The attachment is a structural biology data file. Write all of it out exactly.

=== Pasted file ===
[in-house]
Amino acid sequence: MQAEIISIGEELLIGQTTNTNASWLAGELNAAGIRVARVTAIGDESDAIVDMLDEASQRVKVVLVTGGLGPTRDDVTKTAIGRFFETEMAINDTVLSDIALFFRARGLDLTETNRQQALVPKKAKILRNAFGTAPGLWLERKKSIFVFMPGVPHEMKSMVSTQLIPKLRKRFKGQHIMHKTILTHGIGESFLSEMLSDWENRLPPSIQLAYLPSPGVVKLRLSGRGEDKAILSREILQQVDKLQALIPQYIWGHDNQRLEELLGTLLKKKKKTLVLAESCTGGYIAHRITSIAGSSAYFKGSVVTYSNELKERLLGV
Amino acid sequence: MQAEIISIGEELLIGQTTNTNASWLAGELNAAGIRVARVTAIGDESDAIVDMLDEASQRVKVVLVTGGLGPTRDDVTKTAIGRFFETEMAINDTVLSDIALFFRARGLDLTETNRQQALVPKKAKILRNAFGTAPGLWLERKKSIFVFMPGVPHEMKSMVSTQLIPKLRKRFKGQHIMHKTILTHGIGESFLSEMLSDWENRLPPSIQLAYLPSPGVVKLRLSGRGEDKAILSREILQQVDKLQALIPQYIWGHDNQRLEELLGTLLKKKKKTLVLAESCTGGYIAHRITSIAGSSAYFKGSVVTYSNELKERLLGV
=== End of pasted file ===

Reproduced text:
[in-house]
Amino acid sequence: MQAEIISIGEELLIGQTTNTNASWLAGELNAAGIRVARVTAIGDESDAIVDMLDEASQRVKVVLVTGGLGPTRDDVTKTAIGRFFETEMAINDTVLSDIALFFRARGLDLTETNRQQALVPKKAKILRNAFGTAPGLWLERKKSIFVFMPGVPHEMKSMVSTQLIPKLRKRFKGQHIMHKTILTHGIGESFLSEMLSDWENRLPPSIQLAYLPSPGVVKLRLSGRGEDKAILSREILQQVDKLQALIPQYIWGHDNQRLEELLGTLLKKKKKTLVLAESCTGGYIAHRITSIAGSSAYFKGSVVTYSNELKERLLGV
Amino acid sequence: MQAEIISIGEELLIGQTTNTNASWLAGELNAAGIRVARVTAIGDESDAIVDMLDEASQRVKVVLVTGGLGPTRDDVTKTAIGRFFETEMAINDTVLSDIALFFRARGLDLTETNRQQALVPKKAKILRNAFGTAPGLWLERKKSIFVFMPGVPHEMKSMVSTQLIPKLRKRFKGQHIMHKTILTHGIGESFLSEMLSDWENRLPPSIQLAYLPSPGVVKLRLSGRGEDKAILSREILQQVDKLQALIPQYIWGHDNQRLEELLGTLLKKKKKTLVLAESCTGGYIAHRITSIAGSSAYFKGSVVTYSNELKERLLGV